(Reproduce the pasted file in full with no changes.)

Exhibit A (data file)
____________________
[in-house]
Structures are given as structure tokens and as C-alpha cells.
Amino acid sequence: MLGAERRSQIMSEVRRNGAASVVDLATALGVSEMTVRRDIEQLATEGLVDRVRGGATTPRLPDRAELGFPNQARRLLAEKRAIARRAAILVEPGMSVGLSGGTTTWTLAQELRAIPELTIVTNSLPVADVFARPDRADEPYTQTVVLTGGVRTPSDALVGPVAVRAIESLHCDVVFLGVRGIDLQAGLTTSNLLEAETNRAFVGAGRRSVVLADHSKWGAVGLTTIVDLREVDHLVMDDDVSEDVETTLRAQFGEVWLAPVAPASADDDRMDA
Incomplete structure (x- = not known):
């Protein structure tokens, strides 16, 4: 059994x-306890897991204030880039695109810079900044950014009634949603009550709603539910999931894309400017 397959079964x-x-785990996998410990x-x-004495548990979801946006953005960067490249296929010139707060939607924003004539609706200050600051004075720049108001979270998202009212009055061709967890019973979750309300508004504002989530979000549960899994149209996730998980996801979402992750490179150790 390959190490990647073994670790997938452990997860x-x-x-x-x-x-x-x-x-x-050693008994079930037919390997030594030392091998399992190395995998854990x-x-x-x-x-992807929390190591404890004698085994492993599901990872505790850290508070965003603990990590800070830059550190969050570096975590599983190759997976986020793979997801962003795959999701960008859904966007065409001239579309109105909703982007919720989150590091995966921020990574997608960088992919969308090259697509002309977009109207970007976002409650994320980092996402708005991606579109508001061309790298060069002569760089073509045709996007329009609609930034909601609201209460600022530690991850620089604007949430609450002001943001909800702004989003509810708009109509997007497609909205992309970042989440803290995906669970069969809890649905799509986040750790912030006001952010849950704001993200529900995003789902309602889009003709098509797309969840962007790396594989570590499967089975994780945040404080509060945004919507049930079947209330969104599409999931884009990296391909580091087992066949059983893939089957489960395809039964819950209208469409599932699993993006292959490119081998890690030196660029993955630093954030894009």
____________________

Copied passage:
[in-house]
Structures are given as structure tokens and as C-alpha cells.
Amino acid sequence: MLGAERRSQIMSEVRRNGAASVVDLATALGVSEMTVRRDIEQLATEGLVDRVRGGATTPRLPDRAELGFPNQARRLLAEKRAIARRAAILVEPGMSVGLSGGTTTWTLAQELRAIPELTIVTNSLPVADVFARPDRADEPYTQTVVLTGGVRTPSDALVGPVAVRAIESLHCDVVFLGVRGIDLQAGLTTSNLLEAETNRAFVGAGRRSVVLADHSKWGAVGLTTIVDLREVDHLVMDDDVSEDVETTLRAQFGEVWLAPVAPASADDDRMDA
Incomplete structure (x- = not known):
């Protein structure tokens, strides 16, 4: 059994x-306890897991204030880039695109810079900044950014009634949603009550709603539910999931894309400017 397959079964x-x-785990996998410990x-x-004495548990979801946006953005960067490249296929010139707060939607924003004539609706200050600051004075720049108001979270998202009212009055061709967890019973979750309300508004504002989530979000549960899994149209996730998980996801979402992750490179150790 390959190490990647073994670790997938452990997860x-x-x-x-x-x-x-x-x-x-050693008994079930037919390997030594030392091998399992190395995998854990x-x-x-x-x-992807929390190591404890004698085994492993599901990872505790850290508070965003603990990590800070830059550190969050570096975590599983190759997976986020793979997801962003795959999701960008859904966007065409001239579309109105909703982007919720989150590091995966921020990574997608960088992919969308090259697509002309977009109207970007976002409650994320980092996402708005991606579109508001061309790298060069002569760089073509045709996007329009609609930034909601609201209460600022530690991850620089604007949430609450002001943001909800702004989003509810708009109509997007497609909205992309970042989440803290995906669970069969809890649905799509986040750790912030006001952010849950704001993200529900995003789902309602889009003709098509797309969840962007790396594989570590499967089975994780945040404080509060945004919507049930079947209330969104599409999931884009990296391909580091087992066949059983893939089957489960395809039964819950209208469409599932699993993006292959490119081998890690030196660029993955630093954030894009």